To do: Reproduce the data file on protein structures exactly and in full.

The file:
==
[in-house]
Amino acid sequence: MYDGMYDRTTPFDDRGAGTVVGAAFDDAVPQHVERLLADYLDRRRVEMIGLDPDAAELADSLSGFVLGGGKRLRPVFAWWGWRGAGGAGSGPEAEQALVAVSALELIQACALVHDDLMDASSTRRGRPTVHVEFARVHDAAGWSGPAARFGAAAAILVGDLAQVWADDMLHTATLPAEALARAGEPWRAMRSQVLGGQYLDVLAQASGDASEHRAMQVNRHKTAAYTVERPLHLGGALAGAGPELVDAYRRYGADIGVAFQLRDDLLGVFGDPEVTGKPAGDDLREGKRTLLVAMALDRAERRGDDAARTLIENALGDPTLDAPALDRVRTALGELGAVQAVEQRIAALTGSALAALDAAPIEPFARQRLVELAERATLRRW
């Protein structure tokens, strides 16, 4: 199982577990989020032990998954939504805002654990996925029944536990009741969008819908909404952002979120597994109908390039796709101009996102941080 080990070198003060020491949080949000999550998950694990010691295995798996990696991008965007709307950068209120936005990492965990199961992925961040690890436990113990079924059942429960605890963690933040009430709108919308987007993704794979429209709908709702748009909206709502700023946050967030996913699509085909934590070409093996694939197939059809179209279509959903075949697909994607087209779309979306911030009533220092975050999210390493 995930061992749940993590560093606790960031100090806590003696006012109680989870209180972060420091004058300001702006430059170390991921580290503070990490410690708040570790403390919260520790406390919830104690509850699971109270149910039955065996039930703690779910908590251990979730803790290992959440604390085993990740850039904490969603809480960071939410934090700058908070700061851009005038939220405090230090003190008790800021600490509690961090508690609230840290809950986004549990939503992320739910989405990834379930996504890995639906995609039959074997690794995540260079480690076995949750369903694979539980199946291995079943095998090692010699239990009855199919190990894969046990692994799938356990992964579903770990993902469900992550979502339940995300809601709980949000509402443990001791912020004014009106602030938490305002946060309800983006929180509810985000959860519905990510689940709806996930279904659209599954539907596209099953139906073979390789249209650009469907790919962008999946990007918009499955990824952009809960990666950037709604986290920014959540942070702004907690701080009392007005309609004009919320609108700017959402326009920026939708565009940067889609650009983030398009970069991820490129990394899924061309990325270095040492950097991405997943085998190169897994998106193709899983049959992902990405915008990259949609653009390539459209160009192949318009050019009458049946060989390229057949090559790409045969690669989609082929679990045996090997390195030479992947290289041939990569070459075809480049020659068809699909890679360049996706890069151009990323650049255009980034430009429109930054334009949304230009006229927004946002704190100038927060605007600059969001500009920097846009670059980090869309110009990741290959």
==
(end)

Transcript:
[in-house]
Amino acid sequence: MYDGMYDRTTPFDDRGAGTVVGAAFDDAVPQHVERLLADYLDRRRVEMIGLDPDAAELADSLSGFVLGGGKRLRPVFAWWGWRGAGGAGSGPEAEQALVAVSALELIQACALVHDDLMDASSTRRGRPTVHVEFARVHDAAGWSGPAARFGAAAAILVGDLAQVWADDMLHTATLPAEALARAGEPWRAMRSQVLGGQYLDVLAQASGDASEHRAMQVNRHKTAAYTVERPLHLGGALAGAGPELVDAYRRYGADIGVAFQLRDDLLGVFGDPEVTGKPAGDDLREGKRTLLVAMALDRAERRGDDAARTLIENALGDPTLDAPALDRVRTALGELGAVQAVEQRIAALTGSALAALDAAPIEPFARQRLVELAERATLRRW
């Protein structure tokens, strides 16, 4: 199982577990989020032990998954939504805002654990996925029944536990009741969008819908909404952002979120597994109908390039796709101009996102941080 080990070198003060020491949080949000999550998950694990010691295995798996990696991008965007709307950068209120936005990492965990199961992925961040690890436990113990079924059942429960605890963690933040009430709108919308987007993704794979429209709908709702748009909206709502700023946050967030996913699509085909934590070409093996694939197939059809179209279509959903075949697909994607087209779309979306911030009533220092975050999210390493 995930061992749940993590560093606790960031100090806590003696006012109680989870209180972060420091004058300001702006430059170390991921580290503070990490410690708040570790403390919260520790406390919830104690509850699971109270149910039955065996039930703690779910908590251990979730803790290992959440604390085993990740850039904490969603809480960071939410934090700058908070700061851009005038939220405090230090003190008790800021600490509690961090508690609230840290809950986004549990939503992320739910989405990834379930996504890995639906995609039959074997690794995540260079480690076995949750369903694979539980199946291995079943095998090692010699239990009855199919190990894969046990692994799938356990992964579903770990993902469900992550979502339940995300809601709980949000509402443990001791912020004014009106602030938490305002946060309800983006929180509810985000959860519905990510689940709806996930279904659209599954539907596209099953139906073979390789249209650009469907790919962008999946990007918009499955990824952009809960990666950037709604986290920014959540942070702004907690701080009392007005309609004009919320609108700017959402326009920026939708565009940067889609650009983030398009970069991820490129990394899924061309990325270095040492950097991405997943085998190169897994998106193709899983049959992902990405915008990259949609653009390539459209160009192949318009050019009458049946060989390229057949090559790409045969690669989609082929679990045996090997390195030479992947290289041939990569070459075809480049020659068809699909890679360049996706890069151009990323650049255009980034430009429109930054334009949304230009006229927004946002704190100038927060605007600059969001500009920097846009670059980090869309110009990741290959």